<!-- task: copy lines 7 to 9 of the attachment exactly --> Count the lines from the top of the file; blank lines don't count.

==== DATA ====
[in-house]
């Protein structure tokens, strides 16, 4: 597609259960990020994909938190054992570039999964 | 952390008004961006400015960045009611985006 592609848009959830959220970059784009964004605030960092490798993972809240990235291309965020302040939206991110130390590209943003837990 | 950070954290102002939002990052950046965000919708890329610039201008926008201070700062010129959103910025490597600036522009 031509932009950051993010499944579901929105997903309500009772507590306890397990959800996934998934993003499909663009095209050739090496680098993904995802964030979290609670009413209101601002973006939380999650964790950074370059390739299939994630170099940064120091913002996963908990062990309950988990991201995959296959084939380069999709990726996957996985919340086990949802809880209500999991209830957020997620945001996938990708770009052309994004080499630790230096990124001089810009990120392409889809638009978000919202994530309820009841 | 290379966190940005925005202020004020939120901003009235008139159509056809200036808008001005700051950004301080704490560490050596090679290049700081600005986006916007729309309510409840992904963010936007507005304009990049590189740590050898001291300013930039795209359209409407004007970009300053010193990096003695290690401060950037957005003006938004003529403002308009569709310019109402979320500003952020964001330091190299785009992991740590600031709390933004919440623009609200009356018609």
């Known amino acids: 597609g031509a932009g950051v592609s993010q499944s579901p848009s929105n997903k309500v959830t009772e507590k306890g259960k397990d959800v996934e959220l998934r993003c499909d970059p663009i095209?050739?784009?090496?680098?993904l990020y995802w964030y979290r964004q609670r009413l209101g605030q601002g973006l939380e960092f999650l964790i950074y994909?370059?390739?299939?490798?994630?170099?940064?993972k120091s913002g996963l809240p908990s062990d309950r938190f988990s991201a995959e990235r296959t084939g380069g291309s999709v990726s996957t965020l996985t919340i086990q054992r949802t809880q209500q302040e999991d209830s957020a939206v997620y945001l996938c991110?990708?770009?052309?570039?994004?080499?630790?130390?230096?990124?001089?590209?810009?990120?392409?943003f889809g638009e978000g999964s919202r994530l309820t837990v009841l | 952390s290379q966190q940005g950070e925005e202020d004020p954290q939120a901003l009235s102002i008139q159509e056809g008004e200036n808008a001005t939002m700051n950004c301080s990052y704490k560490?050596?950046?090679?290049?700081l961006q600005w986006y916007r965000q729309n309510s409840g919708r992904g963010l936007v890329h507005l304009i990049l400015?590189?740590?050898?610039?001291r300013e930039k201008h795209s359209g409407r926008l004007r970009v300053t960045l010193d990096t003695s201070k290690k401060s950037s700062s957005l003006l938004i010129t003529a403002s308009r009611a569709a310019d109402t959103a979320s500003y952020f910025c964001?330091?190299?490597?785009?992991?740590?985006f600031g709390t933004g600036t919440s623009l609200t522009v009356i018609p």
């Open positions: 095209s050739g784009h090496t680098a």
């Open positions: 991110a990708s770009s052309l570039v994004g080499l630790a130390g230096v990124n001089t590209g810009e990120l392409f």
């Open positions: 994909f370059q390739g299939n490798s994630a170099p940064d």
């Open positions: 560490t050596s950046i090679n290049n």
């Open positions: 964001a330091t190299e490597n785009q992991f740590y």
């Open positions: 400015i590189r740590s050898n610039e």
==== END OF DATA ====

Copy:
């Open positions: 560490t050596s950046i090679n290049n």
């Open positions: 964001a330091t190299e490597n785009q992991f740590y």
């Open positions: 400015i590189r740590s050898n610039e």